Slavery at The Hermitage:
Slaves at The Hermitage, as at most southern plantations, were first and foremost a source of labor -- working the cotton and other crops grown on the property, handling the livestock, and helping to run the busy Jackson family household. But slavery was never just a matter of economics and efficient farm production, as the institution effected every facet of life at The Hermitage and throughout the antebellum South.
The Hermitage was once home to more than 140 enslaved African-Americans, by far the largest number of slaves on any farm in Davidson County. This made the ratio of black to white Hermitage residents at least ten to one. Once The Hermitage entered its peak years of operation after 1820, Andrew Jackson bought and sold few slaves. During this period, the number of slaves increased as a result of a high birth rate and low death rate within the slave community. After Jackson's death in 1845, his family suffered through financially hard times that forced them to sell many Hermitage slaves. Of the small number of slaves left in the hands of the Jackson family at the time of the Civil War, nearly all chose to leave The Hermitage when freedom came.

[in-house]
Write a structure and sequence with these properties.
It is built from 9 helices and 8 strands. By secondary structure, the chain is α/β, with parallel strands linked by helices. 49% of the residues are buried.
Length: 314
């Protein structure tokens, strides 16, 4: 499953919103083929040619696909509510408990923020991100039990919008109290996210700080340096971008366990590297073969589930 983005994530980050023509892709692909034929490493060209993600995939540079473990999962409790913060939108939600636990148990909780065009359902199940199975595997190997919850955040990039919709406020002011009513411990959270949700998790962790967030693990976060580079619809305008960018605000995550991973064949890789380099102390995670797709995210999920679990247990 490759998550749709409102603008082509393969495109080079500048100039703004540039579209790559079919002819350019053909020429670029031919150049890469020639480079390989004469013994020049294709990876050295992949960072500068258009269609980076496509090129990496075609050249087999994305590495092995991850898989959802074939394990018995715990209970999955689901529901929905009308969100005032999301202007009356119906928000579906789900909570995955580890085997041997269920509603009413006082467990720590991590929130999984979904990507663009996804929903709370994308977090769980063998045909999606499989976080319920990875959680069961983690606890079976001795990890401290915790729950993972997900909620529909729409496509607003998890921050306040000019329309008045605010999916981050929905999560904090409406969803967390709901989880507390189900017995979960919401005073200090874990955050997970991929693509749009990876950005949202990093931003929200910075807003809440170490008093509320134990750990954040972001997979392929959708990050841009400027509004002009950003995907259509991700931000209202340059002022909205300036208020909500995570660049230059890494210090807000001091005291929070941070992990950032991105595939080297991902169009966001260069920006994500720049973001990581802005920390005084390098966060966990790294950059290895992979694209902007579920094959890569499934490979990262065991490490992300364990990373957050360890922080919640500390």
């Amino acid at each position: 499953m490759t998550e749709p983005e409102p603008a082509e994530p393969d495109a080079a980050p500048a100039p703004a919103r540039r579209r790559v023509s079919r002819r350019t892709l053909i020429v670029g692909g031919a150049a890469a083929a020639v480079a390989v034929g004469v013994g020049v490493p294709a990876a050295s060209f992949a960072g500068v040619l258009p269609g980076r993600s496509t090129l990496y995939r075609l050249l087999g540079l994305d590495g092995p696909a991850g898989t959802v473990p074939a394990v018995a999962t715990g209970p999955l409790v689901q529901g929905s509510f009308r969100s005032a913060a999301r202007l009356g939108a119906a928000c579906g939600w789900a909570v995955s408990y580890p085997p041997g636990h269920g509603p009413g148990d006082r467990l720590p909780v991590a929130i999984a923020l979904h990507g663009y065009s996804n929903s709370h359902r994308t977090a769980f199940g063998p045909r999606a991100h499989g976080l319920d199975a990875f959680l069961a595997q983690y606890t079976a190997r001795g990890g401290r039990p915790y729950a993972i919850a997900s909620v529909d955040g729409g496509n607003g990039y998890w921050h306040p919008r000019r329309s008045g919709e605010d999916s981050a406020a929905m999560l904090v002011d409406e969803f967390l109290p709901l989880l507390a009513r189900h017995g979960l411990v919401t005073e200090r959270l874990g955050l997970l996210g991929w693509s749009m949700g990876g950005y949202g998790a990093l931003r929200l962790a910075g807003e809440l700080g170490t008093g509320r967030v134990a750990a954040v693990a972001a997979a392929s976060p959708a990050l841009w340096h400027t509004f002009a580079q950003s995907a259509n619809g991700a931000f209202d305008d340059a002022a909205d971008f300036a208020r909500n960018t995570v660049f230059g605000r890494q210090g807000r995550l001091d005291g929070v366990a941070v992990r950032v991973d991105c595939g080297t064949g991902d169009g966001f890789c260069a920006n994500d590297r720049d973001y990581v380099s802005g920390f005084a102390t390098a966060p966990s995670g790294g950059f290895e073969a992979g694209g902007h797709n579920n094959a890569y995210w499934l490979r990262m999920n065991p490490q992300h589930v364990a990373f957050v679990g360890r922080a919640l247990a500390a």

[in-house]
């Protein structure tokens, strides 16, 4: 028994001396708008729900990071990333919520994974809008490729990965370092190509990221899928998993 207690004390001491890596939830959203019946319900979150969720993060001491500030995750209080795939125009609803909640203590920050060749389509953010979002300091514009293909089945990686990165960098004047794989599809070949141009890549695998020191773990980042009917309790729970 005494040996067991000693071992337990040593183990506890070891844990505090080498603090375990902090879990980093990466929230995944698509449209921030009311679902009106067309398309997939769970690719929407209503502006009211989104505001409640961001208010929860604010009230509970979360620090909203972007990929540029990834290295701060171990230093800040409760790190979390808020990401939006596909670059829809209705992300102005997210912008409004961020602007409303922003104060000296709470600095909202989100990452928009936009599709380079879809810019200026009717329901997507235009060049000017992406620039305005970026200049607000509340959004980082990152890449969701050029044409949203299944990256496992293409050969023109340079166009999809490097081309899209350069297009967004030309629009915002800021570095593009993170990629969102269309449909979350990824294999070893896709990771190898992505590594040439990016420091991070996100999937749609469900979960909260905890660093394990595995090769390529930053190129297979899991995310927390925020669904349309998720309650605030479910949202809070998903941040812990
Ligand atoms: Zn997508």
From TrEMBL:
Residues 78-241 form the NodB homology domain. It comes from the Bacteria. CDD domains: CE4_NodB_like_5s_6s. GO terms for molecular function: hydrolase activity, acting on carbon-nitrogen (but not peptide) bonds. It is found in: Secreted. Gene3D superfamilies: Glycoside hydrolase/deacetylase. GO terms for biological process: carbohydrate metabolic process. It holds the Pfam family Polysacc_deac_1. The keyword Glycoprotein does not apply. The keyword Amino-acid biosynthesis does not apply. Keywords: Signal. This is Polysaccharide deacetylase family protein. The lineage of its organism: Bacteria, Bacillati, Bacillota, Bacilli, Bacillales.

People writing about The Hermitage during Jackson's lifetime made little direct mention of slave life. Today, efforts are underway to piece together knowledge about The Hermitage's African-American community through careful analysis of documentary sources and through on-going archeological investigations. The goal of this research is to restore the Hermitage slave community to its prominent place within the story of life at this Tennessee plantation.